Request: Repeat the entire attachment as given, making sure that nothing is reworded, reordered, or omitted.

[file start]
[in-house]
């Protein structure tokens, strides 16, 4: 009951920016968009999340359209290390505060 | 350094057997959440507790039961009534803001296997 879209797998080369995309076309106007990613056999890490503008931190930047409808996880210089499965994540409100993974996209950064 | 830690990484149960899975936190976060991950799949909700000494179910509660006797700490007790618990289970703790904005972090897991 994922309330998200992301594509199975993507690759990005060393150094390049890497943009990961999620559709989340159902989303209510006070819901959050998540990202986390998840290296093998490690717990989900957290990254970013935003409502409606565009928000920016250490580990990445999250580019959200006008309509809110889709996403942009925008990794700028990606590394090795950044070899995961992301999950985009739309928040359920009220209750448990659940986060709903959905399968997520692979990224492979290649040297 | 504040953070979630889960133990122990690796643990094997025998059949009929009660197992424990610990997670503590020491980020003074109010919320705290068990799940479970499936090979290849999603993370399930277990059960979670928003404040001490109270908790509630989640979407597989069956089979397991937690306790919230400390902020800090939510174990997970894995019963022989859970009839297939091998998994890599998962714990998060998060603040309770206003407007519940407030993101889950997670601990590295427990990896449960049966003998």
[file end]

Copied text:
[in-house]
């Protein structure tokens, strides 16, 4: 009951920016968009999340359209290390505060 | 350094057997959440507790039961009534803001296997 879209797998080369995309076309106007990613056999890490503008931190930047409808996880210089499965994540409100993974996209950064 | 830690990484149960899975936190976060991950799949909700000494179910509660006797700490007790618990289970703790904005972090897991 994922309330998200992301594509199975993507690759990005060393150094390049890497943009990961999620559709989340159902989303209510006070819901959050998540990202986390998840290296093998490690717990989900957290990254970013935003409502409606565009928000920016250490580990990445999250580019959200006008309509809110889709996403942009925008990794700028990606590394090795950044070899995961992301999950985009739309928040359920009220209750448990659940986060709903959905399968997520692979990224492979290649040297 | 504040953070979630889960133990122990690796643990094997025998059949009929009660197992424990610990997670503590020491980020003074109010919320705290068990799940479970499936090979290849999603993370399930277990059960979670928003404040001490109270908790509630989640979407597989069956089979397991937690306790919230400390902020800090939510174990997970894995019963022989859970009839297939091998998994890599998962714990998060998060603040309770206003407007519940407030993101889950997670601990590295427990990896449960049966003998």